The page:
Special effects were cool and creepy, too. Also very much like a nightmare, where buildings loom menacingly - in this case, actually growing from the ground.

But the Keifer Sutherland character kept making me hyperventilate sympathetically. :)
Jul. 9th, 2007 06:30 pm (UTC)
I found her character borderline creepy.

Me, too. I think the director intended that to a certain extent, because almost all the characters seemed borderline (or more than borderline) creepy in a way. But I'm not sure.

I liked the mind-fuck of the ending of Dark City too. Nightmarish is a good description. On this watching, the halting speech of the Sutherland character kinda annoyed me, although on previous watchings it didn't.
Jul. 9th, 2007 06:48 pm (UTC)
Me, too. I think the director intended that to a certain extent, because almost all the characters seemed borderline (or more than borderline) creepy in a way. But I'm not sure.

You could be right, but that's not how the movie was marketed. The ads made it seem like a sweet tale of fate, serendipity, and a generous serving of good-hearted meddling. Tantou was compared to another Audrey (Hepburn - but I've never been a big fan her either). Well, I guess I shouldn't be surprised that movies, especially foreign movies, are misrepresented by the advertising...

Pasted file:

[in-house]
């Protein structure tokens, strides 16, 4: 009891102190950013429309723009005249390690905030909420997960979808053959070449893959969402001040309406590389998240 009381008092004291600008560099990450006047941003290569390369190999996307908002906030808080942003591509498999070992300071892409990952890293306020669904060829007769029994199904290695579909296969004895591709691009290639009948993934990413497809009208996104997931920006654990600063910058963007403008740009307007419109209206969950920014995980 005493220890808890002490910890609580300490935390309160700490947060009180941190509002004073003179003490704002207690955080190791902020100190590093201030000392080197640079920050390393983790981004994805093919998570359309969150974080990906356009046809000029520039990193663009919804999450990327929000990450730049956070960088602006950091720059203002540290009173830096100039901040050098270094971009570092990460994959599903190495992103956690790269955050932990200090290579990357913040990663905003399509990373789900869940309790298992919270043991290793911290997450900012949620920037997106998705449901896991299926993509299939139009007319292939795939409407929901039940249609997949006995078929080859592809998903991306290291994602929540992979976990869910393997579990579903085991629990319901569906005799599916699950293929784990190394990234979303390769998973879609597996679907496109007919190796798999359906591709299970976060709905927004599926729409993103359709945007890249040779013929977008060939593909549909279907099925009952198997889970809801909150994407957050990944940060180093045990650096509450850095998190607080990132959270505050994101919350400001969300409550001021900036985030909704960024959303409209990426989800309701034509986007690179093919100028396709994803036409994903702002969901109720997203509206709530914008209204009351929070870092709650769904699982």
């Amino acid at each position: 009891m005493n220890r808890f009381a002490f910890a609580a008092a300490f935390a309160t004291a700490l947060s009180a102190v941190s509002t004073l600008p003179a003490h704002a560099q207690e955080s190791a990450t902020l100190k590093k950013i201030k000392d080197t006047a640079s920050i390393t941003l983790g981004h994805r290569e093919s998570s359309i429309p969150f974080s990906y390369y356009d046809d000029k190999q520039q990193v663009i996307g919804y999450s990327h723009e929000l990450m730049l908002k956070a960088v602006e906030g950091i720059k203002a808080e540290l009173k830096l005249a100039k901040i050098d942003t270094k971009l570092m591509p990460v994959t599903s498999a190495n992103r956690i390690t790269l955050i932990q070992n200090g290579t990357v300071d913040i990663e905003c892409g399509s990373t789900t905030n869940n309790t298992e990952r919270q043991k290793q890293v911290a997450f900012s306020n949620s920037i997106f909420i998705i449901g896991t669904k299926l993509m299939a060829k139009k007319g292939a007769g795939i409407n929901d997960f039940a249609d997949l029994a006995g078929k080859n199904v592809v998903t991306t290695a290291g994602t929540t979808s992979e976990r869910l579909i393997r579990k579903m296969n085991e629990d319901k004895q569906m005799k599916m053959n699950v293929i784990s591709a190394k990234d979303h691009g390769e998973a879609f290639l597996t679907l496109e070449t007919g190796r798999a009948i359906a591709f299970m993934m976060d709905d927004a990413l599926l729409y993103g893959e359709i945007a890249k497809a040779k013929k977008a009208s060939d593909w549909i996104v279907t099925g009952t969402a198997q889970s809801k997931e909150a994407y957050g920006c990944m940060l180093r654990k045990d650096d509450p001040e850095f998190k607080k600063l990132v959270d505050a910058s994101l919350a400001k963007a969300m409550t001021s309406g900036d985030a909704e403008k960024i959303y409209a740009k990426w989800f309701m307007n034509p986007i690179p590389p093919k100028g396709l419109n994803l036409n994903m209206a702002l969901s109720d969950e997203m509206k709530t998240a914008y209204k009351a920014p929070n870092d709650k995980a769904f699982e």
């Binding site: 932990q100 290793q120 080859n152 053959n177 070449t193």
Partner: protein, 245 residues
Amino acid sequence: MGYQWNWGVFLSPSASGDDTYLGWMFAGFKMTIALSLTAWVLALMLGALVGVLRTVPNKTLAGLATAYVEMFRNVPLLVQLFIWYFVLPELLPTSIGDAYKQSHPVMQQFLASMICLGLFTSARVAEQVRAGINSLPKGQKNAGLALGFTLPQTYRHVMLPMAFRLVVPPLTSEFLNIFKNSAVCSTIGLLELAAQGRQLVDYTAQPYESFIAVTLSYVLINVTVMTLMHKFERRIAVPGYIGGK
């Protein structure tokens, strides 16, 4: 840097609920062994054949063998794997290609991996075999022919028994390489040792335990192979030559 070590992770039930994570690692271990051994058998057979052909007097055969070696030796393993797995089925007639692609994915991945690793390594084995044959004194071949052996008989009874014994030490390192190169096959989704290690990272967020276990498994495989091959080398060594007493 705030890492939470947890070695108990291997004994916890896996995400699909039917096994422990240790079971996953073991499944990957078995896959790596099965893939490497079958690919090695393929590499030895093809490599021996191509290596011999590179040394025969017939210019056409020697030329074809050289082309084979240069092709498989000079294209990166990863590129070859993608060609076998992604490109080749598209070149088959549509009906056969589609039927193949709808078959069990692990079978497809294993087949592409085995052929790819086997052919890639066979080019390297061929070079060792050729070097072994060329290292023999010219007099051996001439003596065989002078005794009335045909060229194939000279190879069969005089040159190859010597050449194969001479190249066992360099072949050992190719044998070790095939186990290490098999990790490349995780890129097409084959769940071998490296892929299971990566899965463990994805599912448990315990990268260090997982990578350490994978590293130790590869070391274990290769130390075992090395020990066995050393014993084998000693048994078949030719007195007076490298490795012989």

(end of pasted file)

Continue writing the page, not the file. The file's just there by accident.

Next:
On this watching, the halting speech of the Sutherland character kinda annoyed me, although on previous watchings it didn't.

His gasping for breath always makes me feel like I'm not getting enough air!
Jul. 9th, 2007 09:09 pm (UTC)
I agree with you about GitS - I liked the first one better as well, but the second one has beautiful scenes and imagery.
Jul. 14th, 2007 10:45 pm (UTC)
Dark City
I have loved this movie for years. I think I'll watch it again tonight. I don't like to buy every DVD I watch, (actually, I'm driven to buy very few, unlike my husband) but there are a few that I need to have onhand for when the mood strikes. This is one of them. Another is "Buckaroo Bonzai in the 8th Dimension". When I need a fix, I need it without a trip to the video place. Another one I would like to own is "Brazil", the style is very much reminiscent of "Dark City".
Jul. 15th, 2007 04:35 am (UTC)
Re: Dark City
I hadn't thought of the similarity between Brazil and Dark City. It's true there are a lot of similarities in the look. But Brazil has a frenetic quality that's very different. I should watch it again soon.
( 13 comments — Leave a comment )